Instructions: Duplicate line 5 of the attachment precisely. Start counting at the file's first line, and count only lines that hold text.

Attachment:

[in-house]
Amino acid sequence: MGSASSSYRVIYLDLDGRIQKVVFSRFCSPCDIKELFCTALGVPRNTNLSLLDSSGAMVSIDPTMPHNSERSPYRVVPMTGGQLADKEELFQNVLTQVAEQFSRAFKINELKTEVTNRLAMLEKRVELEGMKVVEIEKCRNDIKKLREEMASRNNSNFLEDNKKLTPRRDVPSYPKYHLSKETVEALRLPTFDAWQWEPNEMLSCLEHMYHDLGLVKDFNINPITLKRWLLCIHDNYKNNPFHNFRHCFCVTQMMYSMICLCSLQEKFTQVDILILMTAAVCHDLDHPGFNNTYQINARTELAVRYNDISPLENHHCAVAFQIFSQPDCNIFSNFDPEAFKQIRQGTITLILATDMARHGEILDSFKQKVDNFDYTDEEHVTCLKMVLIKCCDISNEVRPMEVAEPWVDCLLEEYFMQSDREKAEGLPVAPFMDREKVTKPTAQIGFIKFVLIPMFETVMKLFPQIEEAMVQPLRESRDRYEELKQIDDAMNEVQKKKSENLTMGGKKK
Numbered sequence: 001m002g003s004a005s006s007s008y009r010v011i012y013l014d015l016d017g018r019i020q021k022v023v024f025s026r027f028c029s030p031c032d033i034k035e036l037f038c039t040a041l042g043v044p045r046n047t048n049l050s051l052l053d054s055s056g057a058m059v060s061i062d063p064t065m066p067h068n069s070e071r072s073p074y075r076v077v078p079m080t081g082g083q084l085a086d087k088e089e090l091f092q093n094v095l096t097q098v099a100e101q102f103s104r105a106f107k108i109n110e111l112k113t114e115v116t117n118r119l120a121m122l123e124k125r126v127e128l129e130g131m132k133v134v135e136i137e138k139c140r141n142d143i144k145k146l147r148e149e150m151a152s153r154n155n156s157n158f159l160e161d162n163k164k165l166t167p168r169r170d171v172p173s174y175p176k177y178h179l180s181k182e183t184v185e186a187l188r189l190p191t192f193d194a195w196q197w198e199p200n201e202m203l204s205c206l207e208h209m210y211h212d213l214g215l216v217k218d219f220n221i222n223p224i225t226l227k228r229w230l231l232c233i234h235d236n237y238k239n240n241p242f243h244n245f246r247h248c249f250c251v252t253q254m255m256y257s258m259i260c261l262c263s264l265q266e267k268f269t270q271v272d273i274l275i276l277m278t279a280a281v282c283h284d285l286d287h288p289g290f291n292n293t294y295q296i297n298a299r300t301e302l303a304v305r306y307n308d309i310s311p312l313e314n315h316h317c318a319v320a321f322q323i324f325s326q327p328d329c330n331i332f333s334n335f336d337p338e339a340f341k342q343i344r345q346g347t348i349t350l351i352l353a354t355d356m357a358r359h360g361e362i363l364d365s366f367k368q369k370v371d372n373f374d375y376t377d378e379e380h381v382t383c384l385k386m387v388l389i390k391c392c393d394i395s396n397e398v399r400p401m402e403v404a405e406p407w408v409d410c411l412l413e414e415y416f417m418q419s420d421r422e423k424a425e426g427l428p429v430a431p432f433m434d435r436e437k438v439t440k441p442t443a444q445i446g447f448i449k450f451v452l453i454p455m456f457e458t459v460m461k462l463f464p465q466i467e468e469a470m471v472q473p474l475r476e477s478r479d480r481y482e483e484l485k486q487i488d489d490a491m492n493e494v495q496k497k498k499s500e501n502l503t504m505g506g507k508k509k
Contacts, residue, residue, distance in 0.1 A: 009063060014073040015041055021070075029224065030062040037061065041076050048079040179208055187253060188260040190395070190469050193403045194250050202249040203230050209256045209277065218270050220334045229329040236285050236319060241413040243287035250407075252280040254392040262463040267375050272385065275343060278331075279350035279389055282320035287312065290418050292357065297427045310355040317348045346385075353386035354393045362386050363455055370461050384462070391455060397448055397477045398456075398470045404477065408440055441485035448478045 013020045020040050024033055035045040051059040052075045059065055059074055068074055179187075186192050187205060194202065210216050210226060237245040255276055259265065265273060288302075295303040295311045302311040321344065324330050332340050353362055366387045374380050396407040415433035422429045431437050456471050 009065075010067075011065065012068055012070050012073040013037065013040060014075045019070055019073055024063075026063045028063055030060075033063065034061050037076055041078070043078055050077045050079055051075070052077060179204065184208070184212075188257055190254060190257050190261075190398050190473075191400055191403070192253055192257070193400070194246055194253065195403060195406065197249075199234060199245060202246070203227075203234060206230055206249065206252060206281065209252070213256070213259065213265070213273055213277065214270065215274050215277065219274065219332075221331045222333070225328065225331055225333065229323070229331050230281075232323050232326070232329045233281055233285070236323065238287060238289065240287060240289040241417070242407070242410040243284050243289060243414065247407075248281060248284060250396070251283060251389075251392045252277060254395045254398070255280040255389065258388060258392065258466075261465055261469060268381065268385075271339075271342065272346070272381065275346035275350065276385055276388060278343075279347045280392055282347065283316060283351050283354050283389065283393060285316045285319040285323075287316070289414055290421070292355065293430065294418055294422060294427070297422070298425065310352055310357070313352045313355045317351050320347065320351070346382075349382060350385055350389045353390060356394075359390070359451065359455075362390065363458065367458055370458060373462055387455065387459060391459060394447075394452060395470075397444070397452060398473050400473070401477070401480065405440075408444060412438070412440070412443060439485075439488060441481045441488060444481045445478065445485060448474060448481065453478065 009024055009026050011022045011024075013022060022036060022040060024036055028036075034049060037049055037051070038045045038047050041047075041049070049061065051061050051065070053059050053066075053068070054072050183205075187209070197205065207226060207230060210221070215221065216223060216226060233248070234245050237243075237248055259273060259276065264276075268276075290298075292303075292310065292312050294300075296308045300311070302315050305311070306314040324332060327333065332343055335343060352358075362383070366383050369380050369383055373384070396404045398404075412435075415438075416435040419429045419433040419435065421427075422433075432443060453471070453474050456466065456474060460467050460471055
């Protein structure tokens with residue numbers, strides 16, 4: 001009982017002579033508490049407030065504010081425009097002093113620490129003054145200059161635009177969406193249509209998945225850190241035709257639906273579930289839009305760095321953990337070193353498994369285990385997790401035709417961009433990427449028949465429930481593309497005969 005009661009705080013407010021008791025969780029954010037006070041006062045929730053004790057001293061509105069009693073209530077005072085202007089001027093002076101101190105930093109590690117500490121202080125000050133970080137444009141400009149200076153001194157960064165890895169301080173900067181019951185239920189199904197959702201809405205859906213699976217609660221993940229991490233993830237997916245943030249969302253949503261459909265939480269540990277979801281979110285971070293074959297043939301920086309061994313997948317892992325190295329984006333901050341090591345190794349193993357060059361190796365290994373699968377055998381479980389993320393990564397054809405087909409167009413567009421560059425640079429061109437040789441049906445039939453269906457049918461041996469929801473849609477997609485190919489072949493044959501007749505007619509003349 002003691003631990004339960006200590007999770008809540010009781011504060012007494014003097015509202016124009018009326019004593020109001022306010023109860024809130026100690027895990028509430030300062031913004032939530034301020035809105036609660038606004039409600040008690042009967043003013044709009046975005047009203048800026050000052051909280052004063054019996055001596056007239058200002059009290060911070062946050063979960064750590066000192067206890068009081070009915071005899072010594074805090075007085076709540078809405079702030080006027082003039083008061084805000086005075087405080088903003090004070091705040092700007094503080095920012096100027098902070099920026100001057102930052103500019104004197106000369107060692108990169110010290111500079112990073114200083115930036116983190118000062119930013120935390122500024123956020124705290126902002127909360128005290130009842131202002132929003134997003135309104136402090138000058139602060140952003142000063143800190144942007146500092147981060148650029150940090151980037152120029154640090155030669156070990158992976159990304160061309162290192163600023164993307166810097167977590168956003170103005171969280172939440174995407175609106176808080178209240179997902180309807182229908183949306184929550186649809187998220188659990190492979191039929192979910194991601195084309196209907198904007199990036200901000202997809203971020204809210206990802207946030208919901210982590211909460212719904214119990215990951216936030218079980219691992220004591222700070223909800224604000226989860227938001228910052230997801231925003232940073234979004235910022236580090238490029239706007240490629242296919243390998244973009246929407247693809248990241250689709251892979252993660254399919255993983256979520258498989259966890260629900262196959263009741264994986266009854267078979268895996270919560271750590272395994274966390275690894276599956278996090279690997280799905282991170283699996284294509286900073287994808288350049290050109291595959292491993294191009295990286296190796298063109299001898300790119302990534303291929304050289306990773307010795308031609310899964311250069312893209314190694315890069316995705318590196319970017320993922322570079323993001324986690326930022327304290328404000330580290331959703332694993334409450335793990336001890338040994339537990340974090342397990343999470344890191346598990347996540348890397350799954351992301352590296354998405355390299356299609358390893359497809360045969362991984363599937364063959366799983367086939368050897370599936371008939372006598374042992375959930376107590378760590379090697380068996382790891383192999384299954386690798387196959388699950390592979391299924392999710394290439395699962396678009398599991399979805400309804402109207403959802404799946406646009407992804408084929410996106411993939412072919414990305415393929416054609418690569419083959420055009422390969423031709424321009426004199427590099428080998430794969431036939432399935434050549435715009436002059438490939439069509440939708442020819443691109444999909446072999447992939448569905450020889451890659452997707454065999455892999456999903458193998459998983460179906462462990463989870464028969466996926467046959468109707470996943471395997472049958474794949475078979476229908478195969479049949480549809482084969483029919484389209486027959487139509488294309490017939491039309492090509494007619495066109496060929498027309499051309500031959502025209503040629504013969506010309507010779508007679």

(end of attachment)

């Protein structure tokens with residue numbers, strides 16, 4: 001009982017002579033508490049407030065504010081425009097002093113620490129003054145200059161635009177969406193249509209998945225850190241035709257639906273579930289839009305760095321953990337070193353498994369285990385997790401035709417961009433990427449028949465429930481593309497005969 005009661009705080013407010021008791025969780029954010037006070041006062045929730053004790057001293061509105069009693073209530077005072085202007089001027093002076101101190105930093109590690117500490121202080125000050133970080137444009141400009149200076153001194157960064165890895169301080173900067181019951185239920189199904197959702201809405205859906213699976217609660221993940229991490233993830237997916245943030249969302253949503261459909265939480269540990277979801281979110285971070293074959297043939301920086309061994313997948317892992325190295329984006333901050341090591345190794349193993357060059361190796365290994373699968377055998381479980389993320393990564397054809405087909409167009413567009421560059425640079429061109437040789441049906445039939453269906457049918461041996469929801473849609477997609485190919489072949493044959501007749505007619509003349 002003691003631990004339960006200590007999770008809540010009781011504060012007494014003097015509202016124009018009326019004593020109001022306010023109860024809130026100690027895990028509430030300062031913004032939530034301020035809105036609660038606004039409600040008690042009967043003013044709009046975005047009203048800026050000052051909280052004063054019996055001596056007239058200002059009290060911070062946050063979960064750590066000192067206890068009081070009915071005899072010594074805090075007085076709540078809405079702030080006027082003039083008061084805000086005075087405080088903003090004070091705040092700007094503080095920012096100027098902070099920026100001057102930052103500019104004197106000369107060692108990169110010290111500079112990073114200083115930036116983190118000062119930013120935390122500024123956020124705290126902002127909360128005290130009842131202002132929003134997003135309104136402090138000058139602060140952003142000063143800190144942007146500092147981060148650029150940090151980037152120029154640090155030669156070990158992976159990304160061309162290192163600023164993307166810097167977590168956003170103005171969280172939440174995407175609106176808080178209240179997902180309807182229908183949306184929550186649809187998220188659990190492979191039929192979910194991601195084309196209907198904007199990036200901000202997809203971020204809210206990802207946030208919901210982590211909460212719904214119990215990951216936030218079980219691992220004591222700070223909800224604000226989860227938001228910052230997801231925003232940073234979004235910022236580090238490029239706007240490629242296919243390998244973009246929407247693809248990241250689709251892979252993660254399919255993983256979520258498989259966890260629900262196959263009741264994986266009854267078979268895996270919560271750590272395994274966390275690894276599956278996090279690997280799905282991170283699996284294509286900073287994808288350049290050109291595959292491993294191009295990286296190796298063109299001898300790119302990534303291929304050289306990773307010795308031609310899964311250069312893209314190694315890069316995705318590196319970017320993922322570079323993001324986690326930022327304290328404000330580290331959703332694993334409450335793990336001890338040994339537990340974090342397990343999470344890191346598990347996540348890397350799954351992301352590296354998405355390299356299609358390893359497809360045969362991984363599937364063959366799983367086939368050897370599936371008939372006598374042992375959930376107590378760590379090697380068996382790891383192999384299954386690798387196959388699950390592979391299924392999710394290439395699962396678009398599991399979805400309804402109207403959802404799946406646009407992804408084929410996106411993939412072919414990305415393929416054609418690569419083959420055009422390969423031709424321009426004199427590099428080998430794969431036939432399935434050549435715009436002059438490939439069509440939708442020819443691109444999909446072999447992939448569905450020889451890659452997707454065999455892999456999903458193998459998983460179906462462990463989870464028969466996926467046959468109707470996943471395997472049958474794949475078979476229908478195969479049949480549809482084969483029919484389209486027959487139509488294309490017939491039309492090509494007619495066109496060929498027309499051309500031959502025209503040629504013969506010309507010779508007679």